The refusal by India to be part of BRI will not derail bilateral relations. China needs India’s market. In China’s Foreign Ministry offices in Beijing’s Chaoyang District, there are many departments, including a few that deal with Chinese history, looking at historical treaties that predecessor states of the People’s Republic of China signed, whether it was the Qing dynasty or in Tibet. From historical border treaties and surrendering of land to demands for restitution from nations like Japan that colonised it, everything China does today has some sort of historical context. Few other foreign affairs ministries in any other nation have similarly dedicated units. And after China successfully enforced the treaty that the Qing dynasty had with the British over Hong Kong, they have become even more aggressive on this front under President Xi Jinping. The modern People’s Republic of China wants to return being the Middle Kingdom, a land between heaven and earth which has dominion over the rest of the planet. And while the ancient Middle Kingdom was built by conquest, the new one will be built on replicating history and by spending money. Thus the Belt and Road Initiative (BRI), a massive series of infrastructure projects, including building ports, high-speed railways and airports across the world, is funded by China and built by the Chinese. Huge, expensive projects such as Hambantota Port in Sri Lanka and the Lahore Metro have led to massive public debts in both nations. The BRI may not state this explicitly, but the subtext is one of Chinese economic conquest of nations and their resources aided by corrupt politicians.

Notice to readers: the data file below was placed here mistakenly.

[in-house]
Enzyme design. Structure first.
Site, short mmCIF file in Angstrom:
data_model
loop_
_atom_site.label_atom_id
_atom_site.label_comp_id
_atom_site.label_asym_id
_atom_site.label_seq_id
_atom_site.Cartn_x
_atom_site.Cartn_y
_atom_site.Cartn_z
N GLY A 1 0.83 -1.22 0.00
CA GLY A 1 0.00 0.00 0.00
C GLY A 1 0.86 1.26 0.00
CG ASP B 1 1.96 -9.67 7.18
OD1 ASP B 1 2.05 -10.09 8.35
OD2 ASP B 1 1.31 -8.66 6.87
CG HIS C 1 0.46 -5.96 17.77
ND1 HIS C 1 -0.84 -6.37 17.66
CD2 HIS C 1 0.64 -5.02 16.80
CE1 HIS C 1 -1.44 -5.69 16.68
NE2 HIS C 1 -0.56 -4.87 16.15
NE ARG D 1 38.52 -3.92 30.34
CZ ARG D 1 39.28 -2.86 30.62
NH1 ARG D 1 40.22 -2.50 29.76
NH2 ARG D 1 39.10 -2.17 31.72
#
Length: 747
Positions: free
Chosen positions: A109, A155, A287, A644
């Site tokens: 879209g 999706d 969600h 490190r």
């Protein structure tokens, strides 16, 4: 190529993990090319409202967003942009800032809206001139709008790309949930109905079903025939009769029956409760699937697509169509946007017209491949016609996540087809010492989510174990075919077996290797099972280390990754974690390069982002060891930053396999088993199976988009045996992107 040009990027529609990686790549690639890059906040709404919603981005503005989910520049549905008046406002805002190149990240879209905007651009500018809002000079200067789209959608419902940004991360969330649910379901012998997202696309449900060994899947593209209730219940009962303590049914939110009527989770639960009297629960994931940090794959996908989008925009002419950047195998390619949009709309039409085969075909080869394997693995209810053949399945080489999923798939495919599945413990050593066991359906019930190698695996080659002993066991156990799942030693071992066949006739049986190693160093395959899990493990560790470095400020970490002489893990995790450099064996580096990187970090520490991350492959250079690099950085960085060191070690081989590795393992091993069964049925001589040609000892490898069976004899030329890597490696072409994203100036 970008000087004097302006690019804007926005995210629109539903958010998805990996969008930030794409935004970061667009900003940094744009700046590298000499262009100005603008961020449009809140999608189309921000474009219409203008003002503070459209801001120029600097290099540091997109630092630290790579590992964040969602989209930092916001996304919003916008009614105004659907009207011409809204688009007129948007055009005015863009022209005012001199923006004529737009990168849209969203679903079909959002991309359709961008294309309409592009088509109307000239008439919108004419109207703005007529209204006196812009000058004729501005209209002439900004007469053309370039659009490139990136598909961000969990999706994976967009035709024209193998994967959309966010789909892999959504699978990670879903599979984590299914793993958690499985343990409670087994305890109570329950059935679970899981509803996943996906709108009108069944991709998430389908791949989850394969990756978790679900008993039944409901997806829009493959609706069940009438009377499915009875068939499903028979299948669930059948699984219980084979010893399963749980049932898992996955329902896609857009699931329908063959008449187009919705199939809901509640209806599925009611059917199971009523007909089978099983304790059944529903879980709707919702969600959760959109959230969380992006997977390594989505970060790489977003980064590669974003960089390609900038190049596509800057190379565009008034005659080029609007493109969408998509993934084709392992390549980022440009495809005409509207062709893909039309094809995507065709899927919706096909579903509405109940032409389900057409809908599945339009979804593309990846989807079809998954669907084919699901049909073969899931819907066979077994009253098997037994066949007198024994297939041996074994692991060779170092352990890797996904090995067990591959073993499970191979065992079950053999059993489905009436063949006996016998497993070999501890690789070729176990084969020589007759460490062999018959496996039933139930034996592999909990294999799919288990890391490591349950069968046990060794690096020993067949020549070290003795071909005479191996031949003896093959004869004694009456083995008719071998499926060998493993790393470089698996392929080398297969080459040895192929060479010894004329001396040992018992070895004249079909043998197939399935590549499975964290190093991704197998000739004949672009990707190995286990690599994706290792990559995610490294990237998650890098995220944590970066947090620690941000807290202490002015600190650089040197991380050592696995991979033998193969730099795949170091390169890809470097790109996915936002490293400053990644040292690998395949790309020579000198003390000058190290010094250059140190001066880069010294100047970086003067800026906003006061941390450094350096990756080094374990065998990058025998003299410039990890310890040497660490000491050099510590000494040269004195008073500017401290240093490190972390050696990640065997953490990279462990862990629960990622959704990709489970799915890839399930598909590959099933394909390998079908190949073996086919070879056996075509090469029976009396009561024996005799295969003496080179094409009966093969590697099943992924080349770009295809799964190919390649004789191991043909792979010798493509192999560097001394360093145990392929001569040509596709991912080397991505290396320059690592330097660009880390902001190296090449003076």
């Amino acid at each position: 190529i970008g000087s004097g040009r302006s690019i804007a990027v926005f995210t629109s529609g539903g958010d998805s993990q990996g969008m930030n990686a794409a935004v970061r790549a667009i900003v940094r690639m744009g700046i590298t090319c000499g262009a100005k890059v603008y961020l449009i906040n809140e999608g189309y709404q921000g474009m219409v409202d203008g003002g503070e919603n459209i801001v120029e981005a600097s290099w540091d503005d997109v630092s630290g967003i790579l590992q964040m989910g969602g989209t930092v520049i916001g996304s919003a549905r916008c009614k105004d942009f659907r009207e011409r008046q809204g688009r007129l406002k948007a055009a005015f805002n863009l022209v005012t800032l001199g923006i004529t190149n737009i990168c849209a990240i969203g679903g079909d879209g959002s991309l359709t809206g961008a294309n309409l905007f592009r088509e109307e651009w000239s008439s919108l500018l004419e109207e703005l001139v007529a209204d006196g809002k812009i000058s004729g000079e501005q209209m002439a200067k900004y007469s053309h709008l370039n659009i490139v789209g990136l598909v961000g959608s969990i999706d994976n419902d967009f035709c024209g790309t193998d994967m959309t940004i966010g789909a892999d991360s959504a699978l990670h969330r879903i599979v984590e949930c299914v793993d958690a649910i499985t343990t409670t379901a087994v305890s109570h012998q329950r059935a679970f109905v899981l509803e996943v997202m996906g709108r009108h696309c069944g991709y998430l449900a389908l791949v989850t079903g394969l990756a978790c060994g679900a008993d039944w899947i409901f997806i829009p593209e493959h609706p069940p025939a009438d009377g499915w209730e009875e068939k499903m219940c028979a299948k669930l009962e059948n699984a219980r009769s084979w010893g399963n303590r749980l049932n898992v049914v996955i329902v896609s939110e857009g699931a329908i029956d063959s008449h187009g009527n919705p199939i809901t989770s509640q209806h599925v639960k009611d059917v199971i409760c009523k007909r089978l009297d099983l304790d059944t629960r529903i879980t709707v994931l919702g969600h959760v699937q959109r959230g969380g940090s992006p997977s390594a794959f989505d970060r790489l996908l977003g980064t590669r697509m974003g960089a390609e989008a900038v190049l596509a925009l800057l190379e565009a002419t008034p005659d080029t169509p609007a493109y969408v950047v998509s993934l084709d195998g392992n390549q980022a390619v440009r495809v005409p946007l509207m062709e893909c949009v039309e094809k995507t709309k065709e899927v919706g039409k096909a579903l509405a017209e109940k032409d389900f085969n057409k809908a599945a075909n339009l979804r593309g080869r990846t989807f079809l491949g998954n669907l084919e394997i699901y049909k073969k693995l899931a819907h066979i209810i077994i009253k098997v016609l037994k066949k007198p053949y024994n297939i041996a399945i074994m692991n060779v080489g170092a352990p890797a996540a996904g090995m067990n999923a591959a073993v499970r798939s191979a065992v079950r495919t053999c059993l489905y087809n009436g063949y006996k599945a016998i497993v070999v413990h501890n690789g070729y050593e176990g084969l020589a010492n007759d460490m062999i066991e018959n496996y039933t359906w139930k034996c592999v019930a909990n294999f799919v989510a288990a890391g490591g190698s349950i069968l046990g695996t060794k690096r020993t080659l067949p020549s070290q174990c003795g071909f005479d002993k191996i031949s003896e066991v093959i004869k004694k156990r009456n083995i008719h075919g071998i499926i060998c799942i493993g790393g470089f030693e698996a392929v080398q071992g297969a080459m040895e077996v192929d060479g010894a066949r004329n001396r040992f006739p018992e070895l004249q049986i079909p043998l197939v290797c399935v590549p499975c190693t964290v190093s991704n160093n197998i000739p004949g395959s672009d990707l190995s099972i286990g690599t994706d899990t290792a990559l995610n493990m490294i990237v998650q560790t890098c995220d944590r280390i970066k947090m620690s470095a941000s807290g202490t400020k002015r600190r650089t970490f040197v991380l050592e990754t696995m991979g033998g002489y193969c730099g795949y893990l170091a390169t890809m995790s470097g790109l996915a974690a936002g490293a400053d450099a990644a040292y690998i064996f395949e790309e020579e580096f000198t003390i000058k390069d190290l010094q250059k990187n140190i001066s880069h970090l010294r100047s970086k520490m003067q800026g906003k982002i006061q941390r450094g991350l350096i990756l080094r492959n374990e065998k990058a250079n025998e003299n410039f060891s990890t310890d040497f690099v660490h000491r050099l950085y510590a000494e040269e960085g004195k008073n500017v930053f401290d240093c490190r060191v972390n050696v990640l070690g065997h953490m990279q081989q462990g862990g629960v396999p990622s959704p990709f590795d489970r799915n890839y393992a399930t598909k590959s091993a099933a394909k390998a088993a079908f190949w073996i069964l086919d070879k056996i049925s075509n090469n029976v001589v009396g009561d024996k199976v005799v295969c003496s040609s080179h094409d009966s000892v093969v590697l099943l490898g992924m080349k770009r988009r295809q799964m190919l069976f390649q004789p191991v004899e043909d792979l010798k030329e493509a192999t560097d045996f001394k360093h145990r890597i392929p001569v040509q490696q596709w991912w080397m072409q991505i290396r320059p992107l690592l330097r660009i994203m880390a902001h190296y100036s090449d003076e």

But China has always had one painful neighbour, one from whom it has been separated by a massive Himalayan barrier. A neighbour with whom it has had cultural exchanges — after all Buddhism and martial arts were gifts from it — but geography has always meant that population exchanges and war, other than in modern times, have been limited. This has meant that there has always been an underlying distrust of each other in Beijing and New Delhi. But is the Indian government’s disapproval of the BRI just one of a jealous neighbour? That’s untrue. India knows that it has lost out to China economically over the past decade and it sees China’s BRI for what it is, an unbridled attempt at colonisation by economic means. Yet, India realises it has to live with China considering its investments here are extensive and we have become a major market for Chinese products. Our eastern neighbour’s interests are best served by a economically rising India in the medium-term because it will be forced to buy more Chinese products. Hence all talk of another Wuhan and sharing bilateral concerns. Yet, India’s next government should continue to be wary of China, which like a dragon has a forked tongue. It wants to keep India militarily weak and will continue to fund global terrorism through Pakistan. While the new Indian government should engage with China from a new perspective, it should remember that the latter considers everybody below it, including people beyond the mountains.
Courtesy: The Pioneer